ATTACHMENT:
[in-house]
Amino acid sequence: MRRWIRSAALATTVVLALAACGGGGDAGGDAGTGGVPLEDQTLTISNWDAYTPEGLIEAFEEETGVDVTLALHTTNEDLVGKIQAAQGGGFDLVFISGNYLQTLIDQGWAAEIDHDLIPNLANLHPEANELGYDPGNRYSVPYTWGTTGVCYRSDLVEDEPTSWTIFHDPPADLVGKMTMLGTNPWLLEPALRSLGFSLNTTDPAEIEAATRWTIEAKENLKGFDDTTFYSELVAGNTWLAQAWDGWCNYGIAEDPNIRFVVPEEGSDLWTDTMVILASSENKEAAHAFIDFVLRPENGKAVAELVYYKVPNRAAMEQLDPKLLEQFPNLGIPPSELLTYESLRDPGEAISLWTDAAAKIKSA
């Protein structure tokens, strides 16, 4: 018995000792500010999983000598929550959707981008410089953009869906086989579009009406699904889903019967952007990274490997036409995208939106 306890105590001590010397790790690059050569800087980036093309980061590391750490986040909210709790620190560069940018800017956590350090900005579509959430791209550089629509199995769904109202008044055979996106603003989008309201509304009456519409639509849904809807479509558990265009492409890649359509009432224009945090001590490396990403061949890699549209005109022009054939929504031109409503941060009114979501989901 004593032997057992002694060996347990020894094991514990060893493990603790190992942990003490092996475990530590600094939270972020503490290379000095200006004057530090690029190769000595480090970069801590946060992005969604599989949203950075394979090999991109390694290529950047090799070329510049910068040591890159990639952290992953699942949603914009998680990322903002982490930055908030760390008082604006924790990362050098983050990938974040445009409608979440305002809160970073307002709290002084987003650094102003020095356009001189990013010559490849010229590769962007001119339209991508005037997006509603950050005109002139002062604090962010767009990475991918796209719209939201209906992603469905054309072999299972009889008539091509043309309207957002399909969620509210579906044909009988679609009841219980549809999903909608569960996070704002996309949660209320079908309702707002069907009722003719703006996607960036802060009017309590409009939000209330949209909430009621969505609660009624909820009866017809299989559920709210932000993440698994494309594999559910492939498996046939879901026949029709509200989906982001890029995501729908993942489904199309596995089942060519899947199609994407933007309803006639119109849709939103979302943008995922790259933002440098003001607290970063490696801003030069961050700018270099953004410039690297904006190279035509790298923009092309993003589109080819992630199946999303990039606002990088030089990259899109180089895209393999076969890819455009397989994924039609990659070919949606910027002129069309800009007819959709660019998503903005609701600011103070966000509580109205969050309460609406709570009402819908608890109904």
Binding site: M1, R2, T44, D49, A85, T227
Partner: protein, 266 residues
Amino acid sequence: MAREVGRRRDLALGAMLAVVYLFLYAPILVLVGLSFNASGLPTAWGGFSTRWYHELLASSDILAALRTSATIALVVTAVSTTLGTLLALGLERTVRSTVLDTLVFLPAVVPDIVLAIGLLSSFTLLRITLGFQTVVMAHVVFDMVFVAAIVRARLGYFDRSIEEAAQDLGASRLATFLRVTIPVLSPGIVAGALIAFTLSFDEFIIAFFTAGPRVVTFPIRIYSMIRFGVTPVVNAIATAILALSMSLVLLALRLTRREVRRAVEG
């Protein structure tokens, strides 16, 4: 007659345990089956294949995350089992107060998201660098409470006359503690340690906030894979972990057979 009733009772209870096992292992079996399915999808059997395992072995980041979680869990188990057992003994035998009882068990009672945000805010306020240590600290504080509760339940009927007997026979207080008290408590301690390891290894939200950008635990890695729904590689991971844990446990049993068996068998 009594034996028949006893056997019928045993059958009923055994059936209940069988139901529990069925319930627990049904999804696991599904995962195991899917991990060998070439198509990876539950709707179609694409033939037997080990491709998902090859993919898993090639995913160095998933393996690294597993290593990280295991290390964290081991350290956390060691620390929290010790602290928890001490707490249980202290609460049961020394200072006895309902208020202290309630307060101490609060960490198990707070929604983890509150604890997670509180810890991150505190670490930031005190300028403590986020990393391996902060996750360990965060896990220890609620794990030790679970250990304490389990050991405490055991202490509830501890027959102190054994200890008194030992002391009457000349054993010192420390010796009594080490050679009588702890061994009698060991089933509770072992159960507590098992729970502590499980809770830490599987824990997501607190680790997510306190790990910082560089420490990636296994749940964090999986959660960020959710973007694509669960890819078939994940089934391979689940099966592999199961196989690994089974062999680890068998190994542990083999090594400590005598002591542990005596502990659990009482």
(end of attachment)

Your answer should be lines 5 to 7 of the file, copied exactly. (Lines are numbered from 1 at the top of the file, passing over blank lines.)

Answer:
Partner: protein, 266 residues
Amino acid sequence: MAREVGRRRDLALGAMLAVVYLFLYAPILVLVGLSFNASGLPTAWGGFSTRWYHELLASSDILAALRTSATIALVVTAVSTTLGTLLALGLERTVRSTVLDTLVFLPAVVPDIVLAIGLLSSFTLLRITLGFQTVVMAHVVFDMVFVAAIVRARLGYFDRSIEEAAQDLGASRLATFLRVTIPVLSPGIVAGALIAFTLSFDEFIIAFFTAGPRVVTFPIRIYSMIRFGVTPVVNAIATAILALSMSLVLLALRLTRREVRRAVEG
């Protein structure tokens, strides 16, 4: 007659345990089956294949995350089992107060998201660098409470006359503690340690906030894979972990057979 009733009772209870096992292992079996399915999808059997395992072995980041979680869990188990057992003994035998009882068990009672945000805010306020240590600290504080509760339940009927007997026979207080008290408590301690390891290894939200950008635990890695729904590689991971844990446990049993068996068998 009594034996028949006893056997019928045993059958009923055994059936209940069988139901529990069925319930627990049904999804696991599904995962195991899917991990060998070439198509990876539950709707179609694409033939037997080990491709998902090859993919898993090639995913160095998933393996690294597993290593990280295991290390964290081991350290956390060691620390929290010790602290928890001490707490249980202290609460049961020394200072006895309902208020202290309630307060101490609060960490198990707070929604983890509150604890997670509180810890991150505190670490930031005190300028403590986020990393391996902060996750360990965060896990220890609620794990030790679970250990304490389990050991405490055991202490509830501890027959102190054994200890008194030992002391009457000349054993010192420390010796009594080490050679009588702890061994009698060991089933509770072992159960507590098992729970502590499980809770830490599987824990997501607190680790997510306190790990910082560089420490990636296994749940964090999986959660960020959710973007694509669960890819078939994940089934391979689940099966592999199961196989690994089974062999680890068998190994542990083999090594400590005598002591542990005596502990659990009482």